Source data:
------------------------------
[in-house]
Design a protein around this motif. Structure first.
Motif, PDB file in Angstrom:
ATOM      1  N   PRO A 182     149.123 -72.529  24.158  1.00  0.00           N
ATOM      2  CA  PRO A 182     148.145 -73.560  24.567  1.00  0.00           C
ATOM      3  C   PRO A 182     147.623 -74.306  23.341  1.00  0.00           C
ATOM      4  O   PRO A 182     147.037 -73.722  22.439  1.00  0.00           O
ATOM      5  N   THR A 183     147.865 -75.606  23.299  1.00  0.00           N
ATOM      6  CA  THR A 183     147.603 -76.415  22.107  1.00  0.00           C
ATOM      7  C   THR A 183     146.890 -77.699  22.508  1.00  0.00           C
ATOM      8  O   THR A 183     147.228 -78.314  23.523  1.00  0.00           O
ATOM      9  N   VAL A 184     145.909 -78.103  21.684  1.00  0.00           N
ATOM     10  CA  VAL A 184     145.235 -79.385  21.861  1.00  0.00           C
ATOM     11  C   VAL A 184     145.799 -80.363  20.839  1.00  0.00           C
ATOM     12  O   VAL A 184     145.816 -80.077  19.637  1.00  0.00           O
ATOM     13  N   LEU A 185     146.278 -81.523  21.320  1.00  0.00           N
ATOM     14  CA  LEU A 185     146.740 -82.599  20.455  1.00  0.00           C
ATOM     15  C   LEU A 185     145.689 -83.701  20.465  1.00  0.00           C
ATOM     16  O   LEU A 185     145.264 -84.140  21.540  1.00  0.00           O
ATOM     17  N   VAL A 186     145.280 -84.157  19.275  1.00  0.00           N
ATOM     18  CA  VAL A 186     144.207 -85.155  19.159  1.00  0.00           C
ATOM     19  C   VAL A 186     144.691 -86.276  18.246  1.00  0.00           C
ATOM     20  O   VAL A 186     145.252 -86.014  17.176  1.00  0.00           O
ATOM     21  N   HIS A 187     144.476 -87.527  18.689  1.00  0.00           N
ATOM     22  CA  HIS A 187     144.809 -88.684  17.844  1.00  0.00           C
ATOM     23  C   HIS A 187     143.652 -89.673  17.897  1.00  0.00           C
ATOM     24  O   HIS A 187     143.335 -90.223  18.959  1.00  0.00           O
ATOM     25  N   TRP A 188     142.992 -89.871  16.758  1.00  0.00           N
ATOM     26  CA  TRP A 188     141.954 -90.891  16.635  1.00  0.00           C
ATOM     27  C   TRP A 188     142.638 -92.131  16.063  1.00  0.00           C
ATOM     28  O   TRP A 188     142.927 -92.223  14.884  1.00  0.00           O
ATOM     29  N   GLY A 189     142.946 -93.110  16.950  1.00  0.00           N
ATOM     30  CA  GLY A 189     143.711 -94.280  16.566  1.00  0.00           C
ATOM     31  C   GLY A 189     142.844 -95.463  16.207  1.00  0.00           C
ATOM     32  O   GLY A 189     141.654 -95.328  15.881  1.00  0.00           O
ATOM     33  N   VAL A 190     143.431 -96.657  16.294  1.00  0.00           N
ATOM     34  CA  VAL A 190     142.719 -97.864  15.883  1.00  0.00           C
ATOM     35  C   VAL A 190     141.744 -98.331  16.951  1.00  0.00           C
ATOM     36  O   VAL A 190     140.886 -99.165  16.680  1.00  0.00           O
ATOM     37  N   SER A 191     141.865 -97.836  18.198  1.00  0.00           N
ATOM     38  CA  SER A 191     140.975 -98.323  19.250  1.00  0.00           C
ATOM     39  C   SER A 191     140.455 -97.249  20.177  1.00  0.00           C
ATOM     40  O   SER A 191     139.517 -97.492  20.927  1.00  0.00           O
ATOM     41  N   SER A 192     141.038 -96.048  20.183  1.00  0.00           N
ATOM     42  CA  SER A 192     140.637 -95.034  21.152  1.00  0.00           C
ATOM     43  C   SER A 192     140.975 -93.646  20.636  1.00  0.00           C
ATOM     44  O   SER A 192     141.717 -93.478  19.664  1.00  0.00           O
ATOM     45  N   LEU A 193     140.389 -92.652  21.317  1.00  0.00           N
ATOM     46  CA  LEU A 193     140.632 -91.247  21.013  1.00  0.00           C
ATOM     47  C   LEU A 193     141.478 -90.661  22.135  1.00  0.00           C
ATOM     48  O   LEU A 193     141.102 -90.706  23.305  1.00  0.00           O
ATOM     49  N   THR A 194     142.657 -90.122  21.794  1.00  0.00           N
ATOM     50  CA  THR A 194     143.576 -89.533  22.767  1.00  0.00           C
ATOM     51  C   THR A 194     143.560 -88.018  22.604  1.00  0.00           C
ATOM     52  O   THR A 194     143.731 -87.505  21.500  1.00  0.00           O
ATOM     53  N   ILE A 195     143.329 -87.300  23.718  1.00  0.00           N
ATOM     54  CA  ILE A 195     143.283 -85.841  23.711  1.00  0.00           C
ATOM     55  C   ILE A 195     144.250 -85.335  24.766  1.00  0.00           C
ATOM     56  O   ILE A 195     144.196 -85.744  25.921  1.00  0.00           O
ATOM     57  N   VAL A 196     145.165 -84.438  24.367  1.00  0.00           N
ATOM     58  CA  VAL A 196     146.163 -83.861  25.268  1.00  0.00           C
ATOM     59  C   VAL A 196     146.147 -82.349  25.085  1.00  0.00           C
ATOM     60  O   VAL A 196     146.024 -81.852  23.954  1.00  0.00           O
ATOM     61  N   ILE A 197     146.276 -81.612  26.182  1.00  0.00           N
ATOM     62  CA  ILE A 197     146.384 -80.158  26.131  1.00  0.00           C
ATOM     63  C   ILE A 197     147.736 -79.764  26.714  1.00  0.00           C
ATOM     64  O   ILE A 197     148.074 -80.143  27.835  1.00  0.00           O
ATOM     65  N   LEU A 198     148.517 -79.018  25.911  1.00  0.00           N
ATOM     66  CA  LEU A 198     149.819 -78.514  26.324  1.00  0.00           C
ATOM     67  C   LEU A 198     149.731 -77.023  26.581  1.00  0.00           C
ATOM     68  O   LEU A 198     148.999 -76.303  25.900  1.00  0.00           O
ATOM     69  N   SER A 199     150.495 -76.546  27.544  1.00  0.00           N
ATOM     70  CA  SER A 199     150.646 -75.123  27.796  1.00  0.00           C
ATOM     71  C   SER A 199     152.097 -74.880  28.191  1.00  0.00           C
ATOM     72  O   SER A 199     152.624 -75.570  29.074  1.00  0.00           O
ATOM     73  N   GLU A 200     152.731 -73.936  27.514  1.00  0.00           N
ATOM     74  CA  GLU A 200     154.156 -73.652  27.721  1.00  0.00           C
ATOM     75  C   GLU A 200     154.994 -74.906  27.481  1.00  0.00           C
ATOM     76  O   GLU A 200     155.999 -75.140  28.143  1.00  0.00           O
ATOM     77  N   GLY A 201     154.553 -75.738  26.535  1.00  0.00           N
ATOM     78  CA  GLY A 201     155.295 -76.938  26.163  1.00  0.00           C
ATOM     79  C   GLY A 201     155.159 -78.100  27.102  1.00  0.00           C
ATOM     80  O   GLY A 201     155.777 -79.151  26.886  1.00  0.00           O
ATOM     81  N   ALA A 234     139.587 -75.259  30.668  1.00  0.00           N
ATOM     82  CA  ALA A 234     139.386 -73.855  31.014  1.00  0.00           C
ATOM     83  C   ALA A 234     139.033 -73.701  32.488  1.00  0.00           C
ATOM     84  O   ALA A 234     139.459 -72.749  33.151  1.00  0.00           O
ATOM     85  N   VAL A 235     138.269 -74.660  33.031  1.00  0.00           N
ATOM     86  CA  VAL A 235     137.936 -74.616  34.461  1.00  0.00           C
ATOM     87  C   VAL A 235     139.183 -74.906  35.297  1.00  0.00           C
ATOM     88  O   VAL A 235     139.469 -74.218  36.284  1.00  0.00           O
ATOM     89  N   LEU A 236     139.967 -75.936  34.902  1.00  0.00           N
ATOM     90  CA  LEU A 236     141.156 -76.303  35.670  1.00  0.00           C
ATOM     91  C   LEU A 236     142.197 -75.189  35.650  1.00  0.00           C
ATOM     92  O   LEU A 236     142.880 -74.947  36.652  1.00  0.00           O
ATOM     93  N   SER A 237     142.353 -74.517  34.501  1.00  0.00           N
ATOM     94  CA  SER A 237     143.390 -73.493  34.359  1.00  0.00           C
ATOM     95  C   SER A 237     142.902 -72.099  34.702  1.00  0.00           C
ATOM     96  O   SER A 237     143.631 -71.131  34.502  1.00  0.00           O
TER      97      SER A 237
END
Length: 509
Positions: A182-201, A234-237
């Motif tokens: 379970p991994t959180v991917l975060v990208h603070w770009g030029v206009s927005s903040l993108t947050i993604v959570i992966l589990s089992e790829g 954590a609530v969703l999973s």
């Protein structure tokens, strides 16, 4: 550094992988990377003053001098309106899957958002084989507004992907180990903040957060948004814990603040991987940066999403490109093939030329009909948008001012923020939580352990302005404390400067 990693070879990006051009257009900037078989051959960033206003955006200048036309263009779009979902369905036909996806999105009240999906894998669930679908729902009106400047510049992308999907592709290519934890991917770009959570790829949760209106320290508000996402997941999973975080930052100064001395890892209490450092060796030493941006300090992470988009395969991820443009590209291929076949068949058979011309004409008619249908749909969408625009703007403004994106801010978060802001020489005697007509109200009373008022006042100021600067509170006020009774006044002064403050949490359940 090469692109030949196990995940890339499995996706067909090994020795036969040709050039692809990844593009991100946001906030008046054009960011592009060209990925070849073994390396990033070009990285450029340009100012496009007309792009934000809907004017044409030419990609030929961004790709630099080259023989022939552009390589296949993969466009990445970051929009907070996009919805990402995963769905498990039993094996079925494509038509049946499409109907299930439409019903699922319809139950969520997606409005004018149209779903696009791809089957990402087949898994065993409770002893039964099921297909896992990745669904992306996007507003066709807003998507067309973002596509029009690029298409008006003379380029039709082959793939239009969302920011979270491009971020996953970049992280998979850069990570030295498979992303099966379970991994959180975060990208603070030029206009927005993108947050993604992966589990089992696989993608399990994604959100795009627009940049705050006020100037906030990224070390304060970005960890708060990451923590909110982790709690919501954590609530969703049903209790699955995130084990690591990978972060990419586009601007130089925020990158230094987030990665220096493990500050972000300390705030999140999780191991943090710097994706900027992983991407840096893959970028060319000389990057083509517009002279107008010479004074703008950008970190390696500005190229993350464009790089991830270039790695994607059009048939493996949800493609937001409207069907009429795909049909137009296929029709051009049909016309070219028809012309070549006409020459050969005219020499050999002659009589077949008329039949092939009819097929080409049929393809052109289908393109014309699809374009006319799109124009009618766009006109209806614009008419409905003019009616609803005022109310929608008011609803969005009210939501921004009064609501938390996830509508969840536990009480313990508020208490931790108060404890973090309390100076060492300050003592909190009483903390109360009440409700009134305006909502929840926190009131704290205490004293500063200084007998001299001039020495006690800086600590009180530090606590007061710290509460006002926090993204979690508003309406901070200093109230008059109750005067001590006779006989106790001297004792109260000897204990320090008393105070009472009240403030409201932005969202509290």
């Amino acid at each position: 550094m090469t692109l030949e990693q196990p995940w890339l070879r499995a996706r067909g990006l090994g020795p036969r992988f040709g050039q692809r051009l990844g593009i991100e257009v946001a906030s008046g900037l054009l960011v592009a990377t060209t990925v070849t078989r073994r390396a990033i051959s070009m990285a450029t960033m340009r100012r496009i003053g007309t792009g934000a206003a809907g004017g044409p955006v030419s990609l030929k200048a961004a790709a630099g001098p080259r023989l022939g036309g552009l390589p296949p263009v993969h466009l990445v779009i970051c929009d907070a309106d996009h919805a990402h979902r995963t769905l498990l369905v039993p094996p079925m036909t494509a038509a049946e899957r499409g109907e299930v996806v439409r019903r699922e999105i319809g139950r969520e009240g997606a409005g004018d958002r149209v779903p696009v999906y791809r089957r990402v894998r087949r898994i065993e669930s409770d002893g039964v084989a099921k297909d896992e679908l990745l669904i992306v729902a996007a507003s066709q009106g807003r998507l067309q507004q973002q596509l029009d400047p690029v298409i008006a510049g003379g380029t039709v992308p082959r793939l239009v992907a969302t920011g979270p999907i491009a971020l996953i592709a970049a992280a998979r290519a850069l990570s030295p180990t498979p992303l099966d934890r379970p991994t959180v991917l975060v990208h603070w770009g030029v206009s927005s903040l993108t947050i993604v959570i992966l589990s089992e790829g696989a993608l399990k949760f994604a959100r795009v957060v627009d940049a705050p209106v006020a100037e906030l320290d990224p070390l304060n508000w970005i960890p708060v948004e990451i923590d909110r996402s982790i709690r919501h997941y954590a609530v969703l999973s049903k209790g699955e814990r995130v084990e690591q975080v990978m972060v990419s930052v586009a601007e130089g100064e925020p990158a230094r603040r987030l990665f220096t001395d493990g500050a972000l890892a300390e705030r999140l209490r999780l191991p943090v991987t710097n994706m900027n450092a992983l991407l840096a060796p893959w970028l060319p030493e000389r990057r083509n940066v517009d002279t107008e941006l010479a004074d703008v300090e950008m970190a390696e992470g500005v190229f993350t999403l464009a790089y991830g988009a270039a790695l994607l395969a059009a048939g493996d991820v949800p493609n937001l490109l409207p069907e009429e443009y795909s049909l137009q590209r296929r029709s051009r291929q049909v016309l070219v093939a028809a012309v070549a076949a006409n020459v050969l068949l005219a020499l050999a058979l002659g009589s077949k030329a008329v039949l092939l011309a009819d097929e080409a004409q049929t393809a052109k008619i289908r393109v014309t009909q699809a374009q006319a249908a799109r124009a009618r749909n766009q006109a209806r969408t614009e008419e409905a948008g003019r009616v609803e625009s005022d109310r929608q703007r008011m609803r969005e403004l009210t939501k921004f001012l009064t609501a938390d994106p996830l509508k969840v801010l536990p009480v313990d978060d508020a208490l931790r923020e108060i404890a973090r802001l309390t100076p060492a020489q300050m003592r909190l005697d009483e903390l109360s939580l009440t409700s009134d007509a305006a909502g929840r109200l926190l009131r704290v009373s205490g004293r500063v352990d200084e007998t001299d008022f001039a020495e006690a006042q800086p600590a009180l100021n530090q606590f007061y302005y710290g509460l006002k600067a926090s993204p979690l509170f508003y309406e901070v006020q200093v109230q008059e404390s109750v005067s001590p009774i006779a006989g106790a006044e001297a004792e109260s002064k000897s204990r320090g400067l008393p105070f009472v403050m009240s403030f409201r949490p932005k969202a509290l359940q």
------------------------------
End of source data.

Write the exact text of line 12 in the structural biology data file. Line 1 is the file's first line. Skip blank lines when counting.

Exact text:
ATOM      9  N   VAL A 184     145.909 -78.103  21.684  1.00  0.00           N